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Learning, Sharing, and Teaching => Investor Alley => Topic started by: MikeBear on January 06, 2015, 12:53:49 PM

Title: Russell 3000 and Russell 2000?
Post by: MikeBear on January 06, 2015, 12:53:49 PM
 Can anybody explain the difference between the Russell 3000 and Russell 2000 funds? I hear a lot about the 2000 one, but not much about the 3000 one.

My 401k with T. Rowe Price has for choices the Russell 3000, target date funds, bonds, foreign funds, but NO real "S&P 500" fund.

Would the Russell 3000 make a good alternative? It seems to have some wild swings...

Thanks!
Title: Re: Russell 3000 and Russell 2000?
Post by: DrF on January 06, 2015, 12:59:50 PM
http://www.russell.com/documents/indexes/us-index-comparison.pdf

russell 3000 = 1000 more stocks than russell 2000
Title: Re: Russell 3000 and Russell 2000?
Post by: MikeBear on January 06, 2015, 01:07:07 PM
http://www.russell.com/documents/indexes/us-index-comparison.pdf

russell 3000 = 1000 more stocks than russell 2000

Ha Ha! I figured out that part easily enough. I just want to make sure the Russell 3000 would be a fund anybody would prefer to have. It seems like a good one...
Title: Re: Russell 3000 and Russell 2000?
Post by: seattlecyclone on January 06, 2015, 01:11:53 PM
The Russell 3000 is the largest 3,000 US companies. The Russell 1000 is the largest 1,000 of these and the Russell 2000 is the rest. A Russell 2000 fund would be a mid-cap/small-cap option, while a Russell 3000 fund would be more of a total market fund.
Title: Re: Russell 3000 and Russell 2000?
Post by: DrF on January 06, 2015, 01:21:27 PM
I know, I was just messin' with you.

either way is good, depending on the ERs.

Go with the lower ER and you'll be fine.
Title: Re: Russell 3000 and Russell 2000?
Post by: MikeBear on January 06, 2015, 02:25:36 PM
The Russell 3000 is the largest 3,000 US companies. The Russell 1000 is the largest 1,000 of these and the Russell 2000 is the rest. A Russell 2000 fund would be a mid-cap/small-cap option, while a Russell 3000 fund would be more of a total market fund.

Ok, it seems to me a 'total market fund' would be more preferred than just a S&P 500 fund.

Also thanks to DrFunk for posting the comparison link.
Title: Re: Russell 3000 and Russell 2000?
Post by: skyrefuge on January 06, 2015, 02:42:30 PM
http://www.russell.com/documents/indexes/us-index-comparison.pdf

russell 3000 = 1000 more stocks than russell 2000

I know you were just messing around, and maybe doing a little deserved LMGTFY (http://lmgtfy.com/?q=russell+3000+vs.+russell+2000), but since it's not obvious that you actually understand the difference, and surely many other people don't (since it's not intuitive), it's worth being explicit about it again as seattlecyclone was.

If I told you:


and asked "What then is the Russell 2000?"

I bet 80% of 5- to 85-year-olds would say

"it's the 2000 largest US companies".

Because that's a lot more intuitive than the real answer, which is that it's Companies 1001-3000.

So again, "go with the lower ER" isn't really a good answer for someone looking for an alternative to an S&P 500 fund, because the Russell 2000 is essentially the opposite of an S&P 500 fund, explicitly avoiding the large-cap companies in the S&P 500 index.

In this case, yes, the Russell 3000 is probably your best alternative to an S&P 500 fund (from my understanding a big reason S&P 500 funds are more popular than total-market funds is just because they were around first, not because they're "better").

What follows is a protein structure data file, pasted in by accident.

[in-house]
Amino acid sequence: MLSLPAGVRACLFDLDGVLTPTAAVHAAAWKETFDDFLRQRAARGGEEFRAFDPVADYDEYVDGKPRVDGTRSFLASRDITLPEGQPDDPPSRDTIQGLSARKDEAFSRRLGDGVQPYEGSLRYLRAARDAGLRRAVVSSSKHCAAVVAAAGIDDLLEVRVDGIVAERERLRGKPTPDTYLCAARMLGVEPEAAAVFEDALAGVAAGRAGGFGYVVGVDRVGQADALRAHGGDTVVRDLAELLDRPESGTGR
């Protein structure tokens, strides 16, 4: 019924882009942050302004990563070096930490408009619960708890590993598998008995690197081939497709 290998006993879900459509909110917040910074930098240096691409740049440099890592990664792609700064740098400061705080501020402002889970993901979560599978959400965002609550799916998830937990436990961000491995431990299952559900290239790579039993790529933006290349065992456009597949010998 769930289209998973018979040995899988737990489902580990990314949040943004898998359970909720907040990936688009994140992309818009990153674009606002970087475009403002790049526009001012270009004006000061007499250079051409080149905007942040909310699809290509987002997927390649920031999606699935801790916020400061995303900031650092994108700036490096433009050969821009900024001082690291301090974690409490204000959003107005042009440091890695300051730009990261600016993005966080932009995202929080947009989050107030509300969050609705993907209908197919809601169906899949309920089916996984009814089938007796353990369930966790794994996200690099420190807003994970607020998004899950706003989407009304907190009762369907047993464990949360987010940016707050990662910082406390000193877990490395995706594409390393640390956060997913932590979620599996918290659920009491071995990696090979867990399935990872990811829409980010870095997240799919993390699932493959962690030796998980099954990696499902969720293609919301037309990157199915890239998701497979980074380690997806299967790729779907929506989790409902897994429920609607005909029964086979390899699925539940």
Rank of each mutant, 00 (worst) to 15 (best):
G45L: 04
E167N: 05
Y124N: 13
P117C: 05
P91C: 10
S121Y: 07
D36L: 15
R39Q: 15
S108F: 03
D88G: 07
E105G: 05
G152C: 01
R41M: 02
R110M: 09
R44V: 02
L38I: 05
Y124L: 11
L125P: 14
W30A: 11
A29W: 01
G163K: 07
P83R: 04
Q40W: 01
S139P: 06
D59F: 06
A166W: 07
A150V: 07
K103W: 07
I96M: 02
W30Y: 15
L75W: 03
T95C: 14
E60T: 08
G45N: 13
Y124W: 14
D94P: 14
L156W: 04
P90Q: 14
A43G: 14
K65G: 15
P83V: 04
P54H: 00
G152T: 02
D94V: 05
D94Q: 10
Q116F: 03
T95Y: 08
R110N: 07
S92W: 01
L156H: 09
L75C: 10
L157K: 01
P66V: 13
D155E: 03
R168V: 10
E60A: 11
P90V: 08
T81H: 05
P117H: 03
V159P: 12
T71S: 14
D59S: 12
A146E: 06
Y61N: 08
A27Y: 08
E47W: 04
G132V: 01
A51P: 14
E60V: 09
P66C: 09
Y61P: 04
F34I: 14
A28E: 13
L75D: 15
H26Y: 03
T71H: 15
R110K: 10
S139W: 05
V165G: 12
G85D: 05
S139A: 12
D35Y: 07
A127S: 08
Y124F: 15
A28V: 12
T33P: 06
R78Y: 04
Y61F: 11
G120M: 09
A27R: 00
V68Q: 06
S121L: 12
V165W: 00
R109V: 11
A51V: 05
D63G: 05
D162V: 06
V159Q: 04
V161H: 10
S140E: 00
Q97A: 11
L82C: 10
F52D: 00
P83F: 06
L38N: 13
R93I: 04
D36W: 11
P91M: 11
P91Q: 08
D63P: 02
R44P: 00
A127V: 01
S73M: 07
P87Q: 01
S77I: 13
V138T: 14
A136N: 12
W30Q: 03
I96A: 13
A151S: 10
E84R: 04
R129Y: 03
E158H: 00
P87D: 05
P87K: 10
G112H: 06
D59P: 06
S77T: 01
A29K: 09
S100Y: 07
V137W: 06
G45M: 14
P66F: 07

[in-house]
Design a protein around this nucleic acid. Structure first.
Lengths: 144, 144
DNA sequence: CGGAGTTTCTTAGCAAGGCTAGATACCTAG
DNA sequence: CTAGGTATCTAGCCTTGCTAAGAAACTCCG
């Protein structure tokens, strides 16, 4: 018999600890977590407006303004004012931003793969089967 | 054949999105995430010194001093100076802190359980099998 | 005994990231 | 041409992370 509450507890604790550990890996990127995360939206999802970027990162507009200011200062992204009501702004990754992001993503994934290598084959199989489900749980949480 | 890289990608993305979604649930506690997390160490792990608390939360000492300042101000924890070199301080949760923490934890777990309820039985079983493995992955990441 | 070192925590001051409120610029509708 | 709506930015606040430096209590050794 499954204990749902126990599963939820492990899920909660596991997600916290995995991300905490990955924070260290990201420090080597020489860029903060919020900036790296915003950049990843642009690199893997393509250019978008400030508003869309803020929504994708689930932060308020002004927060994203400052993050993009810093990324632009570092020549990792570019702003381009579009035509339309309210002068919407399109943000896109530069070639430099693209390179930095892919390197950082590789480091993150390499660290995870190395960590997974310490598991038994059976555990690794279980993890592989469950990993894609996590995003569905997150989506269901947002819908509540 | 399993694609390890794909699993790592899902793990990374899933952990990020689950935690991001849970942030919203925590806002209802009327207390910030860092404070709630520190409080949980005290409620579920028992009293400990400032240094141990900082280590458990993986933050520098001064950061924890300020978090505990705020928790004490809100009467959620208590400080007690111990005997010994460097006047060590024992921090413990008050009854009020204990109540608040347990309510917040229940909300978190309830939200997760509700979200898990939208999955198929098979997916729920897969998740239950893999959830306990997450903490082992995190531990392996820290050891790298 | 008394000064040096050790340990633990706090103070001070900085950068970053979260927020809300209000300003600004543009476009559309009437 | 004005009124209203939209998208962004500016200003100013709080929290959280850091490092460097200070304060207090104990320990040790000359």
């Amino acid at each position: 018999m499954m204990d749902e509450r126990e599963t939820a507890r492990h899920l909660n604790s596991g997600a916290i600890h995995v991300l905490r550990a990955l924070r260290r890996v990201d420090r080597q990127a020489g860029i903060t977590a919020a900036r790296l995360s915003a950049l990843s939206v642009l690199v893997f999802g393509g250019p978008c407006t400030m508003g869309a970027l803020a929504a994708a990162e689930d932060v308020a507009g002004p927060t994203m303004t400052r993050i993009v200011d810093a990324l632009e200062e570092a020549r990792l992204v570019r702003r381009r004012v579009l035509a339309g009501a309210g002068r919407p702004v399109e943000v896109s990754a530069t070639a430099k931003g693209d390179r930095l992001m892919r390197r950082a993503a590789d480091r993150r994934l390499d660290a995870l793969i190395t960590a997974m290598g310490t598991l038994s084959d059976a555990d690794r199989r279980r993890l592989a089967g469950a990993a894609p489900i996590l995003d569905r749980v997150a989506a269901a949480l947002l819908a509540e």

Title: Re: Russell 3000 and Russell 2000?
Post by: DrF on January 06, 2015, 03:15:31 PM
http://www.russell.com/documents/indexes/us-index-comparison.pdf

russell 3000 = 1000 more stocks than russell 2000

I know you were just messing around, and maybe doing a little deserved LMGTFY (http://lmgtfy.com/?q=russell+3000+vs.+russell+2000), but since it's not obvious that you actually understand the difference, and surely many other people don't (since it's not intuitive), it's worth being explicit about it again as seattlecyclone was.

If I told you:

  • Russell 1000 is the 1000 largest US companies
  • Russell 3000 is the 3000 largest US companies

and asked "What then is the Russell 2000?"

I bet 80% of 5- to 85-year-olds would say

"it's the 2000 largest US companies".

Because that's a lot more intuitive than the real answer, which is that it's Companies 1001-3000.

So again, "go with the lower ER" isn't really a good answer for someone looking for an alternative to an S&P 500 fund, because the Russell 2000 is essentially the opposite of an S&P 500 fund, explicitly avoiding the large-cap companies in the S&P 500 index.

In this case, yes, the Russell 3000 is probably your best alternative to an S&P 500 fund (from my understanding a big reason S&P 500 funds are more popular than total-market funds is just because they were around first, not because they're "better").

As I usually do, I input my own bias into my answers.

I don't care if it is an s&p500 fund or a total market etc. For beginning investors I recommend the lowest cost index fund (which usually turns out to be similar to an s&p500 or total market). But I prefer the mid/small caps over the long term, and that's why I say it doesn't matter.

That is also why I included the link so that he could read for himself. I do not apologize that I didn't summarize. The pdf seemed very clear to me.
Title: Re: Russell 3000 and Russell 2000?
Post by: innerscorecard on January 07, 2015, 12:37:28 AM
If you Google the ticker for the fund you will usually be able to find the fund prospectus and holdings. Know exactly what it is you own, or you may be in for a nasty surprise.
Title: Re: Russell 3000 and Russell 2000?
Post by: MikeBear on January 07, 2015, 01:05:46 AM
Here's the prospectus:

http://www3.troweprice.com/rws/rps/public/assets/ffs/NTRUS.pdf (http://www3.troweprice.com/rws/rps/public/assets/ffs/NTRUS.pdf)